Murphy-Brown faces new legal challenge in old lawsuit

Groups allege Murphy-Brown has failed to comply with agreement reached in 2006.

Southern Environmental Law Center recently filed a new motion on behalf of Waterkeeper Alliance and Sound Rivers groups seeking to require Murphy-Brown to comply with a 2006 agreement to clean up groundwater contamination at hog facilities in eastern North Carolina.

Murphy-Brown, a subsidiary of Smithfield Foods Inc, the largest pork producer in the world, had faced four different legal challenges relating to Clean Water Act violations, before a 2006 agreement with Waterkeeper Alliance and the Neuse Riverkeeper Foundation (now Sound Rivers Inc.) was reached.

The new motion alleges that Murphy-Brown has failed to comply with a central component of the agreement—remedying demonstrated groundwater hazards at 11 of its hog facilities in North Carolina.

“Murphy Brown has not upheld its commitment to address significant risks to groundwater from its hog facilities, and as a result, its facilities continue to threaten water quality in eastern North Carolina,” said Geoff Gisler, senior attorney with the Southern Environmental Law Center.  “We’re asking the court to require the company to make good on its promises.”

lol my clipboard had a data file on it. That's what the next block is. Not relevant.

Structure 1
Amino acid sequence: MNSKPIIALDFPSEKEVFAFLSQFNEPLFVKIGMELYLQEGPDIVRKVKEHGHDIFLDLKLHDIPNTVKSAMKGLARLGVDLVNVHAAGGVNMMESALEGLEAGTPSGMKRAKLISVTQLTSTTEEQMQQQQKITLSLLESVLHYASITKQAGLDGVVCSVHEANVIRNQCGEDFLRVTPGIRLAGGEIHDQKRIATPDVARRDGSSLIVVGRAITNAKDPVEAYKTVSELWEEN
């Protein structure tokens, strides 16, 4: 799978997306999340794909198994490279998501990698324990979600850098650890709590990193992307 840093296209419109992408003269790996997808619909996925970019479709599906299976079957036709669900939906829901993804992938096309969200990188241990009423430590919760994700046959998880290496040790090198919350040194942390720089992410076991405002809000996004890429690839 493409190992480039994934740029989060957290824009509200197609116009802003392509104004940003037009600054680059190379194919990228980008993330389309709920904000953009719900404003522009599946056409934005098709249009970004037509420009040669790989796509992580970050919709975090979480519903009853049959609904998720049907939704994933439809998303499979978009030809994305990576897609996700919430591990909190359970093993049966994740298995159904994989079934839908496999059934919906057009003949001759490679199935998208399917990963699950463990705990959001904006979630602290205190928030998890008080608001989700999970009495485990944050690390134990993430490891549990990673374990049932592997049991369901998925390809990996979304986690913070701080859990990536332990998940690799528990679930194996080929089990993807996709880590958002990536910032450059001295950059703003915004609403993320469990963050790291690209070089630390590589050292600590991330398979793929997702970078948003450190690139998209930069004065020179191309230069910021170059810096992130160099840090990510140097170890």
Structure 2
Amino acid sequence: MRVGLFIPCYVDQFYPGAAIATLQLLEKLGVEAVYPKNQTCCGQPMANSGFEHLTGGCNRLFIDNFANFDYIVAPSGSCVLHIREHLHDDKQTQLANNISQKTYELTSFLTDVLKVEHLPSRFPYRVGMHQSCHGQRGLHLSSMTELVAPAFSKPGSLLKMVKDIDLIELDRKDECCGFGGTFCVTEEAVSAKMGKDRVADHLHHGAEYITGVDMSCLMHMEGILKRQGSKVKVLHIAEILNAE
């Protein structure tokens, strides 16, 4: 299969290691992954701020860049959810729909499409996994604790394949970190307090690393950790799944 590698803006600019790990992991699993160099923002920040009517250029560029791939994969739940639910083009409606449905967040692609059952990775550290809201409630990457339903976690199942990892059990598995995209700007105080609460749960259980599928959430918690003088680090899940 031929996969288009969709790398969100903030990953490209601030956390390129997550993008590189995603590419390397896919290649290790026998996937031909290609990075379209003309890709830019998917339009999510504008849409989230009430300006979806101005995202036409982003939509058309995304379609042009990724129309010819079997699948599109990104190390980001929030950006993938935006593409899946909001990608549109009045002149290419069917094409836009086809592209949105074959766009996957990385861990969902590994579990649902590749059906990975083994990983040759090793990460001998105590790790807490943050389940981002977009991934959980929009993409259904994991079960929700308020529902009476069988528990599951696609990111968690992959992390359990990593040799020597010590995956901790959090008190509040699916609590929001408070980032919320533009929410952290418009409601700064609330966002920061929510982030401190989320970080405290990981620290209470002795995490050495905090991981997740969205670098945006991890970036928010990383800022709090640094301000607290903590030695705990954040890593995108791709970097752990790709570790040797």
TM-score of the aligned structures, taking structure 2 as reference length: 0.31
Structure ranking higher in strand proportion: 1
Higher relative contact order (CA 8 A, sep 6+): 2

Under the terms of the agreement, an independent groundwater expert chosen by the parties evaluated Murphy-Brown owned and operated swine facilities in eastern North Carolina for potential contamination of groundwater by swine waste.  That review identified 11 facilities with demonstrated threats to groundwater.  As part of the review, the expert identified additional groundwater sampling needed to ensure that groundwater contamination at each site is cleaned up.

But now, the groups allege Murphy-Brown refuses to allow the consultant to take necessary groundwater samples.  Through the motion, SELC is asking the court to require the company to adhere to the requirements of the agreement between the parties and allow the consultant to gather necessary data to develop corrective action plans for each of the 11 identified sites that pose a threat to groundwater.

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